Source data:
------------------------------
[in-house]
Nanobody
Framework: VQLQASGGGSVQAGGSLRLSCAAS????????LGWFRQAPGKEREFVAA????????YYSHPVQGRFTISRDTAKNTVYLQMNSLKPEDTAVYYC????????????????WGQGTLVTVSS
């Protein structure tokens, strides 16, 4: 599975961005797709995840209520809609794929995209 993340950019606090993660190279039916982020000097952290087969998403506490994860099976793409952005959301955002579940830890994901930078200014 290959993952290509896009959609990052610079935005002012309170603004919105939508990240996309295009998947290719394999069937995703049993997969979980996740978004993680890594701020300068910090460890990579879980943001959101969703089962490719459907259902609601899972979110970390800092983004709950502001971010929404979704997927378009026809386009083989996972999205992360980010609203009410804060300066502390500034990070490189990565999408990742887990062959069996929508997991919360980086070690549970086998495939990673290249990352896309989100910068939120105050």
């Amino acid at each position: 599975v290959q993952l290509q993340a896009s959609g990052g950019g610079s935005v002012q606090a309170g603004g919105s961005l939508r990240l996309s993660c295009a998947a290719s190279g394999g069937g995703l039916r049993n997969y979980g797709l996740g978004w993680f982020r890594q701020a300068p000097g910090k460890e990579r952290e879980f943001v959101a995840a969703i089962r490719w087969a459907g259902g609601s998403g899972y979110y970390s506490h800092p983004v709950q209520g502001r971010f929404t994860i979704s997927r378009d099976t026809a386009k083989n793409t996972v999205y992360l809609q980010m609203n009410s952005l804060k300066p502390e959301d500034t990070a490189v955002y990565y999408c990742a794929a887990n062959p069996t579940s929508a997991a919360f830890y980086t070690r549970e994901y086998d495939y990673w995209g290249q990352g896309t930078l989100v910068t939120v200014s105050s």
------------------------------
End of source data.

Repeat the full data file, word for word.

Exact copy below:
[in-house]
Nanobody
Framework: VQLQASGGGSVQAGGSLRLSCAAS????????LGWFRQAPGKEREFVAA????????YYSHPVQGRFTISRDTAKNTVYLQMNSLKPEDTAVYYC????????????????WGQGTLVTVSS
């Protein structure tokens, strides 16, 4: 599975961005797709995840209520809609794929995209 993340950019606090993660190279039916982020000097952290087969998403506490994860099976793409952005959301955002579940830890994901930078200014 290959993952290509896009959609990052610079935005002012309170603004919105939508990240996309295009998947290719394999069937995703049993997969979980996740978004993680890594701020300068910090460890990579879980943001959101969703089962490719459907259902609601899972979110970390800092983004709950502001971010929404979704997927378009026809386009083989996972999205992360980010609203009410804060300066502390500034990070490189990565999408990742887990062959069996929508997991919360980086070690549970086998495939990673290249990352896309989100910068939120105050």
């Amino acid at each position: 599975v290959q993952l290509q993340a896009s959609g990052g950019g610079s935005v002012q606090a309170g603004g919105s961005l939508r990240l996309s993660c295009a998947a290719s190279g394999g069937g995703l039916r049993n997969y979980g797709l996740g978004w993680f982020r890594q701020a300068p000097g910090k460890e990579r952290e879980f943001v959101a995840a969703i089962r490719w087969a459907g259902g609601s998403g899972y979110y970390s506490h800092p983004v709950q209520g502001r971010f929404t994860i979704s997927r378009d099976t026809a386009k083989n793409t996972v999205y992360l809609q980010m609203n009410s952005l804060k300066p502390e959301d500034t990070a490189v955002y990565y999408c990742a794929a887990n062959p069996t579940s929508a997991a919360f830890y980086t070690r549970e994901y086998d495939y990673w995209g290249q990352g896309t930078l989100v910068t939120v200014s105050s």